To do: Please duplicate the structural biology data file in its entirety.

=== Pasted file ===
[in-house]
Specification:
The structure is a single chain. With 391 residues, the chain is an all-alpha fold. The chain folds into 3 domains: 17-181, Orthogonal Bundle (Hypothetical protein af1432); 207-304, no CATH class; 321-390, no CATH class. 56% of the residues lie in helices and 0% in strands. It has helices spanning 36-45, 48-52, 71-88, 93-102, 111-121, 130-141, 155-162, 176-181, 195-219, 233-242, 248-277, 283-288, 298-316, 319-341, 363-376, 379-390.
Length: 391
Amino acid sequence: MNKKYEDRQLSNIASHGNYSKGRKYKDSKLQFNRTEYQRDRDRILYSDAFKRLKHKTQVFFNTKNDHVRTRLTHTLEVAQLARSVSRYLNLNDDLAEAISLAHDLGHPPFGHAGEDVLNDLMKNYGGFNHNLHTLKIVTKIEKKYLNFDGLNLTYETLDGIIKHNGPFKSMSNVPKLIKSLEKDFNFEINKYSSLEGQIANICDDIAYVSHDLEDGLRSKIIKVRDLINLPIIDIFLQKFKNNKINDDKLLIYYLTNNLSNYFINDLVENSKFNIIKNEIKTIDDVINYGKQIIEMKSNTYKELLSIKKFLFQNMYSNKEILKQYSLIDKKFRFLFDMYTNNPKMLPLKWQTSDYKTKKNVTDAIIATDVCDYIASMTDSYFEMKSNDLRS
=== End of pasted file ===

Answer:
[in-house]
Specification:
The structure is a single chain. With 391 residues, the chain is an all-alpha fold. The chain folds into 3 domains: 17-181, Orthogonal Bundle (Hypothetical protein af1432); 207-304, no CATH class; 321-390, no CATH class. 56% of the residues lie in helices and 0% in strands. It has helices spanning 36-45, 48-52, 71-88, 93-102, 111-121, 130-141, 155-162, 176-181, 195-219, 233-242, 248-277, 283-288, 298-316, 319-341, 363-376, 379-390.
Length: 391
Amino acid sequence: MNKKYEDRQLSNIASHGNYSKGRKYKDSKLQFNRTEYQRDRDRILYSDAFKRLKHKTQVFFNTKNDHVRTRLTHTLEVAQLARSVSRYLNLNDDLAEAISLAHDLGHPPFGHAGEDVLNDLMKNYGGFNHNLHTLKIVTKIEKKYLNFDGLNLTYETLDGIIKHNGPFKSMSNVPKLIKSLEKDFNFEINKYSSLEGQIANICDDIAYVSHDLEDGLRSKIIKVRDLINLPIIDIFLQKFKNNKINDDKLLIYYLTNNLSNYFINDLVENSKFNIIKNEIKTIDDVINYGKQIIEMKSNTYKELLSIKKFLFQNMYSNKEILKQYSLIDKKFRFLFDMYTNNPKMLPLKWQTSDYKTKKNVTDAIIATDVCDYIASMTDSYFEMKSNDLRS